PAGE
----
Just wishing you the best... . And everyone here. The unimaginable, very, best. --Joe
User avatar
desert_woodworker
 
Posts: 6493
Joined: Thu Jun 14, 2012 5:09 am
Location: southern Arizona, USA

Re: Imagination

Postby [james] on Mon Sep 26, 2016 2:05 pm

desert_woodworker wrote:Helen Tworkov, Founder and Editor of TRICYCLE Magazine, has some words on awakening and imagination in the Afterword of her book, Zen In America -- Five Teachers and the Search for an American Buddhism (1989 and 1994); Kodansha; p. 266:

    "What we need to know cannot arise from what we know now. Our liberation from personal and collective suffering must derive from what we cannot envision, what is beyond our imagination, even beyond our dreams of what is possible".
--Joe


From the "Song of Zazen"

Hakuin Ekaku Zenji wrote:
At this moment, what more need we seek?
As the truth eternally reveals itself,
This very place is the Lotus Land of Purity,
This very body is the Body of the Buddha.


which my practice and imagination understands as: there is no must about it. Liberation, awakening, arises ceaselessly from the conditions of the moment. If awakening cannot arise in this very moment as is, how can it possibly arise otherwise? All we are doing in practice is allowing a readiness and responsiveness to this endless reality of awakening. Gathering up, and refining anew, the dust.
User avatar
[james]
 
Posts: 409
Joined: Thu Mar 03, 2011 12:07 am

Re: Imagination

Postby desert_woodworker on Mon Sep 26, 2016 3:42 pm

James,

[james] wrote:If awakening cannot arise in this very moment as is, how can it possibly arise otherwise? All we are doing in practice is allowing a readiness and responsiveness to this endless reality of awakening. Gathering up, and refining anew, the dust.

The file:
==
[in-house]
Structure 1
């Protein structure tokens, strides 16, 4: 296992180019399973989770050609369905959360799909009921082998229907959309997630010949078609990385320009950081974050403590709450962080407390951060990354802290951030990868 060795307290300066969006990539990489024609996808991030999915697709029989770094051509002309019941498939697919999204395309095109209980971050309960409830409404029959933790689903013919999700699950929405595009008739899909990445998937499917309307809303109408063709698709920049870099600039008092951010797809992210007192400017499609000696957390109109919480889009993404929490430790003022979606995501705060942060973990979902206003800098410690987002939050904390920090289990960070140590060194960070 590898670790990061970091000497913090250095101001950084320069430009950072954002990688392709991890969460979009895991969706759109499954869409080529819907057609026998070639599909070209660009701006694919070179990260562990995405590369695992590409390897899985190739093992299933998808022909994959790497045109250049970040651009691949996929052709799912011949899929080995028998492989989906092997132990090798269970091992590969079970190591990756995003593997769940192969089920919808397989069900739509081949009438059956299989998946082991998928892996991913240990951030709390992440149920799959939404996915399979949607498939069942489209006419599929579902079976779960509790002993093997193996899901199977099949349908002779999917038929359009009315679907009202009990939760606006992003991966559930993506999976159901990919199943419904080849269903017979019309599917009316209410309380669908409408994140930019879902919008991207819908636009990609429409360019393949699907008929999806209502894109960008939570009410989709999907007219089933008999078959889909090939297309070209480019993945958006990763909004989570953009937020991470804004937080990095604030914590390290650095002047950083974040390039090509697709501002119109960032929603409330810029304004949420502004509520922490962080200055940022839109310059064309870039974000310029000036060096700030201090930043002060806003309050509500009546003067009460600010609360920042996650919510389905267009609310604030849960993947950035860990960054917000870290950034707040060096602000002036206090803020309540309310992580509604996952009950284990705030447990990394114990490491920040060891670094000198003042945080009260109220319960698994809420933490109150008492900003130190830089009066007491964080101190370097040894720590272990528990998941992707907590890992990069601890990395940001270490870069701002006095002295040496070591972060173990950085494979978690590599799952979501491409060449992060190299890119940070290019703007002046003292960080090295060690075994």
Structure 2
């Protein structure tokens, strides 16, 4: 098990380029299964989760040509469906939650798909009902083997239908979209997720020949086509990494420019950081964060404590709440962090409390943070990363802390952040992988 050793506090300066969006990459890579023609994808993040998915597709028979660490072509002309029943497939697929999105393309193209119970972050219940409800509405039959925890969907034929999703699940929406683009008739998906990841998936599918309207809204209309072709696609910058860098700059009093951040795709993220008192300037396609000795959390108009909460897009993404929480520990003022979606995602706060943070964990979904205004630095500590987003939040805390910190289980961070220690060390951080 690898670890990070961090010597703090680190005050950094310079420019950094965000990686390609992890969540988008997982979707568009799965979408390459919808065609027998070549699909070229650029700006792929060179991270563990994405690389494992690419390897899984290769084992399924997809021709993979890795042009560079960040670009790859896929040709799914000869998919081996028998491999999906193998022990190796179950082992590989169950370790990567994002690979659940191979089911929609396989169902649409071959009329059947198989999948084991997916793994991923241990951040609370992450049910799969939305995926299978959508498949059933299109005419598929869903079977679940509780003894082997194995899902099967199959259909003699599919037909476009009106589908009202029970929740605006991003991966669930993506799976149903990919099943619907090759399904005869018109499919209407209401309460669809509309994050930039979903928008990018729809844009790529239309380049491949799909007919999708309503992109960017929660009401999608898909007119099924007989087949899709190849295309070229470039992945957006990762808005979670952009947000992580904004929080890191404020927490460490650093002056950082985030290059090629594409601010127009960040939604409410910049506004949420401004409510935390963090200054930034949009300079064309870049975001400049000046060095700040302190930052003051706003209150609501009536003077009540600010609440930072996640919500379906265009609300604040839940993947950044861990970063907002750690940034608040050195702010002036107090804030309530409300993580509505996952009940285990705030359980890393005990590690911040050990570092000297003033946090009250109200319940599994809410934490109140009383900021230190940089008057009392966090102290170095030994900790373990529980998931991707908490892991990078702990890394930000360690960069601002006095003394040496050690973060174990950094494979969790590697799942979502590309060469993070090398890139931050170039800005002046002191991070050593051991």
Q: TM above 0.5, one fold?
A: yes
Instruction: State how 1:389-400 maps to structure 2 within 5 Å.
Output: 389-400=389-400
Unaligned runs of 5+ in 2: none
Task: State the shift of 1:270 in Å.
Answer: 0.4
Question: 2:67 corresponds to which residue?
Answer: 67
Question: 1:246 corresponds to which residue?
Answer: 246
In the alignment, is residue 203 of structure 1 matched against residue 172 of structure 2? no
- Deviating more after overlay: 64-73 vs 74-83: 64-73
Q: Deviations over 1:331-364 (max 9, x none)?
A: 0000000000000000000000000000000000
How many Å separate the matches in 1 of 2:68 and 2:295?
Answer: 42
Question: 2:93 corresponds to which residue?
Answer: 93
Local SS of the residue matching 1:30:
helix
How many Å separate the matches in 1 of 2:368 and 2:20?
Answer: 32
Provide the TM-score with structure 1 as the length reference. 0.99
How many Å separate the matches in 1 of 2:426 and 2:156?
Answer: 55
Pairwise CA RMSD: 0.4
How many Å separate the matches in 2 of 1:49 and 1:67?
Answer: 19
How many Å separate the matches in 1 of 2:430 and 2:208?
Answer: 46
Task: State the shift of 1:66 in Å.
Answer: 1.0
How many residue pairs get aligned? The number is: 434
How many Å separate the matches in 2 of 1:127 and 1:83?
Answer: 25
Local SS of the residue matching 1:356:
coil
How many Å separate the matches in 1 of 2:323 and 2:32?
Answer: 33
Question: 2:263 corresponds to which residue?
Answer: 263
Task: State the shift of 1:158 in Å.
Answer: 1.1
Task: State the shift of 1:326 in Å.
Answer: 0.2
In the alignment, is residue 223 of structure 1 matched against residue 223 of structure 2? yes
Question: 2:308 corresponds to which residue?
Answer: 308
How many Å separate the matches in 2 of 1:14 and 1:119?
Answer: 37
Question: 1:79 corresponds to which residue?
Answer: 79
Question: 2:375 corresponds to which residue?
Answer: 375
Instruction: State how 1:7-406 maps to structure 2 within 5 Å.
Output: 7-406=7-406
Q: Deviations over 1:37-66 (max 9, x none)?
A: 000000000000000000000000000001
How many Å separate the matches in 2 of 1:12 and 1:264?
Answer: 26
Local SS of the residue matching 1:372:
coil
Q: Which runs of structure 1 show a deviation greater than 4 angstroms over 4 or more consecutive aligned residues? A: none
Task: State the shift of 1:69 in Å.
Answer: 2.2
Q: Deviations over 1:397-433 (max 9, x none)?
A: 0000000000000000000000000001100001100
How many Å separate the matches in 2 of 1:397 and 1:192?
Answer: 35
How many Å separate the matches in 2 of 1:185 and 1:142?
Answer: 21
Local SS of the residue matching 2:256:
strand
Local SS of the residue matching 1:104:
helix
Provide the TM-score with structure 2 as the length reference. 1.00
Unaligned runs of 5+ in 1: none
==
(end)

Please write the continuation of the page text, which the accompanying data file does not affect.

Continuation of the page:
If not this moment, then the next moment.

It (all) depends on one's preparation (overall and ongoing practice... ), as I think you say. And it depends on causes and conditions, which either cooperate or delay and deny things. Do not despair!

Yes, a Soto view is close to what I think you represent here (though not entirely). But there is a Rinzai view, which is that awakening can be given a push (by giving a push to practice, performed closely with a teacher).

Since the Zen Buddhist literature (and other Buddhist) is replete with accounts of awakenings, I would think that you could plainly see how it happens that, at one moment there is no awakening, and at a subsequent moment, there is. Purists even need look no further than the founder Shakyamuni Buddha's own biography for that matter.

So, pls. don't muddy the waters. Although, ...I think your post regardless may actually be meant to subtly encourage and to cheer-up, and not to deny or demean the reality of Sudden Awakening in the Ch'an and Zen school.

I hope so.

And, that is, I hope you do not actually espouse a form of Buji zen (because if so, the present moment may in that case never be an example of awakened-mind, and this Buji-zen would not be a good doctrine to popularize here since it does not lead to an end to suffering nor to freedom within our original nature, nor to any benefit to self and others).

Well, take a breath... .

--Joe

p.s. Master Hakuin wrote from the p.o.v. (experience... ) of an awakened person, make no mistake there.

p.p.s. As for the "must" of the Tworkov quote, I recall a funny encounter. In a men's room at a diner in NY, I saw a sign posted by the management: "EMPLOYEES MUST WASH HANDS BEFORE LEAVING THIS ROOM". Some thoughtful philosopher scrawled in handwriting below this the graffito, "Customers should, also".

p.p.p.s.
[james] wrote:Gathering up, and refining anew, the dust.

Sixth Patriarch has a nice "rebuttal" to this attitude in his winning poem. Yet, you otherwise try to represent that you hold the Sixth Patriarch's view! :tongueincheek:
User avatar
desert_woodworker
 
Posts: 6493
Joined: Thu Jun 14, 2012 5:09 am
Location: southern Arizona, USA

Re: Imagination

Postby fukasetsu on Mon Sep 26, 2016 10:37 pm

desert_woodworker wrote:
Just wishing you the best... . And everyone here. The unimaginable, very, best. --Joe


Thank you Sir, I know your wishing is genuine, and wishing, alike bowing, is bowing back, which is beyond explanation or imagination. I love it when there's no prattle about the way.